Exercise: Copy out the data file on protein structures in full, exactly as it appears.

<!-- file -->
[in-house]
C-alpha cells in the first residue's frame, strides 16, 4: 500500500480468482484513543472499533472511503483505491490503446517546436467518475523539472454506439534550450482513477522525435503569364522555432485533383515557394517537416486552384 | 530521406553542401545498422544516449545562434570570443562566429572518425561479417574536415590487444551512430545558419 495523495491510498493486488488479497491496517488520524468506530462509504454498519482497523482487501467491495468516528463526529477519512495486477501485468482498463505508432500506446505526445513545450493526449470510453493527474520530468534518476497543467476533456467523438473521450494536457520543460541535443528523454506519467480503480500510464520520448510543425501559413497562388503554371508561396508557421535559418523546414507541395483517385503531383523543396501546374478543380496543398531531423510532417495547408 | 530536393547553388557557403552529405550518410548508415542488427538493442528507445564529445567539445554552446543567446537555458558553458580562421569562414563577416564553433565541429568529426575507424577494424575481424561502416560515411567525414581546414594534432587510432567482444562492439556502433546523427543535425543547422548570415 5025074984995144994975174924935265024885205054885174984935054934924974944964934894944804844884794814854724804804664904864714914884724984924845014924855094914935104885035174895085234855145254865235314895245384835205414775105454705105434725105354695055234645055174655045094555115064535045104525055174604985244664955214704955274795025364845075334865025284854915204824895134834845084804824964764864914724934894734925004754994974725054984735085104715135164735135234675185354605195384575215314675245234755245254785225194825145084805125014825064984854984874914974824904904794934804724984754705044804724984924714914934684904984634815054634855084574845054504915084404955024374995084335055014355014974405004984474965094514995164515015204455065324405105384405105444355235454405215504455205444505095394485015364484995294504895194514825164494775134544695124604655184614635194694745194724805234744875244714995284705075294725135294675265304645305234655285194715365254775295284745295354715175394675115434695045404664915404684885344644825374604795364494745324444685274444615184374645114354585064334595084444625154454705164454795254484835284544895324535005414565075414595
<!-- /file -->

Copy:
[in-house]
C-alpha cells in the first residue's frame, strides 16, 4: 500500500480468482484513543472499533472511503483505491490503446517546436467518475523539472454506439534550450482513477522525435503569364522555432485533383515557394517537416486552384 | 530521406553542401545498422544516449545562434570570443562566429572518425561479417574536415590487444551512430545558419 495523495491510498493486488488479497491496517488520524468506530462509504454498519482497523482487501467491495468516528463526529477519512495486477501485468482498463505508432500506446505526445513545450493526449470510453493527474520530468534518476497543467476533456467523438473521450494536457520543460541535443528523454506519467480503480500510464520520448510543425501559413497562388503554371508561396508557421535559418523546414507541395483517385503531383523543396501546374478543380496543398531531423510532417495547408 | 530536393547553388557557403552529405550518410548508415542488427538493442528507445564529445567539445554552446543567446537555458558553458580562421569562414563577416564553433565541429568529426575507424577494424575481424561502416560515411567525414581546414594534432587510432567482444562492439556502433546523427543535425543547422548570415 5025074984995144994975174924935265024885205054885174984935054934924974944964934894944804844884794814854724804804664904864714914884724984924845014924855094914935104885035174895085234855145254865235314895245384835205414775105454705105434725105354695055234645055174655045094555115064535045104525055174604985244664955214704955274795025364845075334865025284854915204824895134834845084804824964764864914724934894734925004754994974725054984735085104715135164735135234675185354605195384575215314675245234755245254785225194825145084805125014825064984854984874914974824904904794934804724984754705044804724984924714914934684904984634815054634855084574845054504915084404955024374995084335055014355014974405004984474965094514995164515015204455065324405105384405105444355235454405215504455205444505095394485015364484995294504895194514825164494775134544695124604655184614635194694745194724805234744875244714995284705075294725135294675265304645305234655285194715365254775295284745295354715175394675115434695045404664915404684885344644825374604795364494745324444685274444615184374645114354585064334595084444625154454705164454795254484835284544895324535005414565075414595